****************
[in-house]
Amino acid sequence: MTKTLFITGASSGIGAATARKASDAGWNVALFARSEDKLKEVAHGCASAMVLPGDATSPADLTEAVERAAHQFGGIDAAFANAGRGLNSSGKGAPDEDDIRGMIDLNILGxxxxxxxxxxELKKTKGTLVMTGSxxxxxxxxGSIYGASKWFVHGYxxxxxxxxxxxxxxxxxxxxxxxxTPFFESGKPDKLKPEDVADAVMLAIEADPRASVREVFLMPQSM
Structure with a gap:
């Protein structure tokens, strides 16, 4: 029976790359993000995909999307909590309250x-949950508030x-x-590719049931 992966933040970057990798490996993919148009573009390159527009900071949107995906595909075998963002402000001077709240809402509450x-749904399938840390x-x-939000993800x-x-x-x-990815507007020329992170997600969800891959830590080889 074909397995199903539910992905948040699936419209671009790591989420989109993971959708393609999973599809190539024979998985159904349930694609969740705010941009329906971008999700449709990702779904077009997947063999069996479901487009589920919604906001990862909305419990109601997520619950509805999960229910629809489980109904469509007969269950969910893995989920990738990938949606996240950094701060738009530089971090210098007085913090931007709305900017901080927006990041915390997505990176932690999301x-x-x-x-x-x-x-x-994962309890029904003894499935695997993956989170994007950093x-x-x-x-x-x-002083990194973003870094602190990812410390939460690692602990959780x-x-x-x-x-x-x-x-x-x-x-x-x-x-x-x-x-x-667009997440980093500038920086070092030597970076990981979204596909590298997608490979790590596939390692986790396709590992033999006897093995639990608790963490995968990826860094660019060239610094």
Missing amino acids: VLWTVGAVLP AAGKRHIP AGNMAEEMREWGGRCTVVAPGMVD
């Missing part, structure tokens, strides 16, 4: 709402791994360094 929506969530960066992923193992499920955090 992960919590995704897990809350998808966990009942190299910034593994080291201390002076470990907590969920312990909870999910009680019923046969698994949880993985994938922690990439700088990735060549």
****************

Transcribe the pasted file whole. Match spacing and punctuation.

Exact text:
[in-house]
Amino acid sequence: MTKTLFITGASSGIGAATARKASDAGWNVALFARSEDKLKEVAHGCASAMVLPGDATSPADLTEAVERAAHQFGGIDAAFANAGRGLNSSGKGAPDEDDIRGMIDLNILGxxxxxxxxxxELKKTKGTLVMTGSxxxxxxxxGSIYGASKWFVHGYxxxxxxxxxxxxxxxxxxxxxxxxTPFFESGKPDKLKPEDVADAVMLAIEADPRASVREVFLMPQSM
Structure with a gap:
């Protein structure tokens, strides 16, 4: 029976790359993000995909999307909590309250x-949950508030x-x-590719049931 992966933040970057990798490996993919148009573009390159527009900071949107995906595909075998963002402000001077709240809402509450x-749904399938840390x-x-939000993800x-x-x-x-990815507007020329992170997600969800891959830590080889 074909397995199903539910992905948040699936419209671009790591989420989109993971959708393609999973599809190539024979998985159904349930694609969740705010941009329906971008999700449709990702779904077009997947063999069996479901487009589920919604906001990862909305419990109601997520619950509805999960229910629809489980109904469509007969269950969910893995989920990738990938949606996240950094701060738009530089971090210098007085913090931007709305900017901080927006990041915390997505990176932690999301x-x-x-x-x-x-x-x-994962309890029904003894499935695997993956989170994007950093x-x-x-x-x-x-002083990194973003870094602190990812410390939460690692602990959780x-x-x-x-x-x-x-x-x-x-x-x-x-x-x-x-x-x-667009997440980093500038920086070092030597970076990981979204596909590298997608490979790590596939390692986790396709590992033999006897093995639990608790963490995968990826860094660019060239610094």
Missing amino acids: VLWTVGAVLP AAGKRHIP AGNMAEEMREWGGRCTVVAPGMVD
């Missing part, structure tokens, strides 16, 4: 709402791994360094 929506969530960066992923193992499920955090 992960919590995704897990809350998808966990009942190299910034593994080291201390002076470990907590969920312990909870999910009680019923046969698994949880993985994938922690990439700088990735060549």